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Publication numberUS1845444 A
Publication typeGrant
Publication dateFeb 16, 1932
Filing dateAug 28, 1929
Priority dateAug 28, 1929
Publication numberUS 1845444 A, US 1845444A, US-A-1845444, US1845444 A, US1845444A
InventorsSawyer Leicester B
Original AssigneeProtectahood Corp
Export CitationBiBTeX, EndNote, RefMan
External Links: USPTO, USPTO Assignment, Espacenet
Insulating material
US 1845444 A
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Description  (OCR text may contain errors)

Feb. 16, 1932. 1 B SAWYER l 1,845,444

INSULATING MATERIAL f Filed Aug. 28. 1929 Patented Feb. 41e, i932 i t (UNITED, s

ras

PAT

ENTI oFFlfcE LEIEs'rEB B.. sama, or amaai, NEW Yon-x, AssIG'Non 'ro rnE EEoTEcTAHooD ,coaro'rroir or AUBURN, NEW Yonai, .a conromrron or NEW Yom;

This invention relates to improvements in pated or radiated from the motors have in,

creased tremendously. This increased radiation of heat'materiallly aects the comfort of the passengers of the automobile, especiali ly those occupying the seat immediately ybehind the motor. -The heatedtair not only gains access to the seat compartmentsbut "the Hoor of the machine becomesratherhot and radiates an appreciableamount of heat.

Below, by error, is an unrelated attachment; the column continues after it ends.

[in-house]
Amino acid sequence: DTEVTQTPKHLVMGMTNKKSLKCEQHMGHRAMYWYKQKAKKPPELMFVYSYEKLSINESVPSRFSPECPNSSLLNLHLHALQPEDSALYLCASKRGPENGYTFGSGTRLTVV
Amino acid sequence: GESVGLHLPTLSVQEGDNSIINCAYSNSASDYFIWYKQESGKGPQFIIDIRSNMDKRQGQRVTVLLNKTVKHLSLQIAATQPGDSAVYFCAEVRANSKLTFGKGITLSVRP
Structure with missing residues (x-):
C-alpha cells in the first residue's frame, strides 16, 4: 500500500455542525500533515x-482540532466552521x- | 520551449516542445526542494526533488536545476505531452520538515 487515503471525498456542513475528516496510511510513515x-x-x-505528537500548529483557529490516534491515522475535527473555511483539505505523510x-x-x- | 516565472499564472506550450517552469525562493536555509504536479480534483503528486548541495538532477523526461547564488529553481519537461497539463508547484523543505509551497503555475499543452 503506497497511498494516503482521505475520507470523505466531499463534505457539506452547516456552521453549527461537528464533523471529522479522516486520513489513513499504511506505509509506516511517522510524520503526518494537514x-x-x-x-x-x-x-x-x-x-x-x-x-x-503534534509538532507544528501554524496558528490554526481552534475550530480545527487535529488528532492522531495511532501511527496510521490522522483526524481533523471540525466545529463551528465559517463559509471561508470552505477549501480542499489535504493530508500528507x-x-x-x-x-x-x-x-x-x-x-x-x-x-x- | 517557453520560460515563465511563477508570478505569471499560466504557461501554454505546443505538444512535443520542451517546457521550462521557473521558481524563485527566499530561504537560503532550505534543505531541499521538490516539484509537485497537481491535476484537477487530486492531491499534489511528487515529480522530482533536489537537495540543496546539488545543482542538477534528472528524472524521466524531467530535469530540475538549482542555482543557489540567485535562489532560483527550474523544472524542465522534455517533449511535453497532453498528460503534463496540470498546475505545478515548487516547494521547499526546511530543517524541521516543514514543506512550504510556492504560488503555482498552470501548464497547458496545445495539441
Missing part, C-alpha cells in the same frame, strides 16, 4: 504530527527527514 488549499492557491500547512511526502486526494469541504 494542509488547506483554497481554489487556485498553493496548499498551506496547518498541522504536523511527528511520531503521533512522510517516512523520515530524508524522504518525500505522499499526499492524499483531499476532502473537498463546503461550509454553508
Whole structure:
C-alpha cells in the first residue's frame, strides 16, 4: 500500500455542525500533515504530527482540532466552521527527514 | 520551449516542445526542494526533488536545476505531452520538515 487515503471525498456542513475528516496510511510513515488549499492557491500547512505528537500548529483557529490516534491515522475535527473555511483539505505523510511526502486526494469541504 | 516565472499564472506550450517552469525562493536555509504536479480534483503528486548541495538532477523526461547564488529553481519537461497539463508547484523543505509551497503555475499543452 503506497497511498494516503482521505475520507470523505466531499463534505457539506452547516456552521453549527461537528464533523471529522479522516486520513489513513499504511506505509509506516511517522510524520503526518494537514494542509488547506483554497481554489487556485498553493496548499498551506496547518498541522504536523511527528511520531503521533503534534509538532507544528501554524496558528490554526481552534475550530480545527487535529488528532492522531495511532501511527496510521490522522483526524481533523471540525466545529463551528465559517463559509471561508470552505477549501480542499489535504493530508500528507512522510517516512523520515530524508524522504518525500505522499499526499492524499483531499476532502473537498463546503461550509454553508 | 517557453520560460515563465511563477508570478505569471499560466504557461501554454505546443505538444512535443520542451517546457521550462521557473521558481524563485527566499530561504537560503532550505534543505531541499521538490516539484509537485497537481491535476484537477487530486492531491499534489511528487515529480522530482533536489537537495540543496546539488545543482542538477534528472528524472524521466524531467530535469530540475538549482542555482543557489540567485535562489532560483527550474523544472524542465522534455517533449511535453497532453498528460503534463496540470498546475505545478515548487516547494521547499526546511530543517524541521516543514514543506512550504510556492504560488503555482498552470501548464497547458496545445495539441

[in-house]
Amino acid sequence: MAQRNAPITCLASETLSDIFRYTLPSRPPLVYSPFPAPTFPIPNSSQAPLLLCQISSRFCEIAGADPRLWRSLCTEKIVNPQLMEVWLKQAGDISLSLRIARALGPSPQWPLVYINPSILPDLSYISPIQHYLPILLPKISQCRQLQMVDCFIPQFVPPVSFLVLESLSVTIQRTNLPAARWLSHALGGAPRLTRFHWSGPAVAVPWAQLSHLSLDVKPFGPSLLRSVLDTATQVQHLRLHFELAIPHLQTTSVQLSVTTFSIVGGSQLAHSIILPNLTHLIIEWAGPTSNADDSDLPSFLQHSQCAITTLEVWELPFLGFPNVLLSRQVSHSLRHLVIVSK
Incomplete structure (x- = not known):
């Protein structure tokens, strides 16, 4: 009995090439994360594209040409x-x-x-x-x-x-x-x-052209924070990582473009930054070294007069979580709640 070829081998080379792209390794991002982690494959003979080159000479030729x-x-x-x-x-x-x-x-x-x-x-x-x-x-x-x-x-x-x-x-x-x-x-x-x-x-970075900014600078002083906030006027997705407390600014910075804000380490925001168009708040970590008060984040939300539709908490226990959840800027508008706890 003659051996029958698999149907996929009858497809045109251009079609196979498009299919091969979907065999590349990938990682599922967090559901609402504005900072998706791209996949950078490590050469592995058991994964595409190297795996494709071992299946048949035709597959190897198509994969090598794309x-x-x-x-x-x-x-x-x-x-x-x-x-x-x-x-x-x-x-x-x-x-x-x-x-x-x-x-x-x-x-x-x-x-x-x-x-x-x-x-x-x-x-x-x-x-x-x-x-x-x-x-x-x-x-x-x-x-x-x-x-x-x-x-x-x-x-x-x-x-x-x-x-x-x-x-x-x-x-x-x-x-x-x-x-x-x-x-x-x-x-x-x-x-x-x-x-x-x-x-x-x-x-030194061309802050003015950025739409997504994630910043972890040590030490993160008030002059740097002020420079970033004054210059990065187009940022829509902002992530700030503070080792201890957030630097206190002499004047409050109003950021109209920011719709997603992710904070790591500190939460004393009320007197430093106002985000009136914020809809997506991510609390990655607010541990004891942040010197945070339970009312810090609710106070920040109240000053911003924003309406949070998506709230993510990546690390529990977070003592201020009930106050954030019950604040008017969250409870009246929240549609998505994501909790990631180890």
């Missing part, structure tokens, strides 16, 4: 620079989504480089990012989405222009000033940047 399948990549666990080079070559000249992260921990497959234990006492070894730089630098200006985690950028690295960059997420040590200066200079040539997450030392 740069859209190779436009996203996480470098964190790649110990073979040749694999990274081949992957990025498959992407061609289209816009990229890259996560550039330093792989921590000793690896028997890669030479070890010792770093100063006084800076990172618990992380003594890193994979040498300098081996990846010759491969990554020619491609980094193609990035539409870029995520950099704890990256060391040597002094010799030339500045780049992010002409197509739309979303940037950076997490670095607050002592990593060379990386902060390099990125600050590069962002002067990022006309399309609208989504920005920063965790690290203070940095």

In all, the conditions are such @at a ride ofY any duration, especially in the warmer months or in a closed type of car, is .very tiresome and wearing on the passengers and particularly the operator. The manufacturers ofv automobiles, appreciating these conditions, have been directing their-attention for some time to the problemy of rendering their ears more comfortable by eliminating or minimizing the cause of the discomfort. To this end, the present invention seeks to provide a novel he'at^- insulating material wespecially adapted for .use as a oor covering in automobiles', and which willalsopossess sound.V

deadening properties. a,

A still further object is to produce a heat insulating material having a high degree of resiliency and iexibility and being, at thee I same timeyuexceedingly tough so that it can not be easily torn and possessing good wear-- ing qualities.l Resiliency is important as the material is adapted for use beneath or in.;

conjunction with the rubber mat generally `,utilized asa'floor covering in automobiles. v

the material'being pliant, no preliminary I molding orshaping is required, regardless of where it is used in the car.A For instance, where the resent material is used on the dash a sheet o it readily conform to the the-element that is incorporated in the inloo- Flexibility is likewise important because;

TING MATERIAL Application tiled August 28, 1%29. Serial, No.` @$2,006.

contour of the dash witholit the necessity ofy preliminarily shaping the material.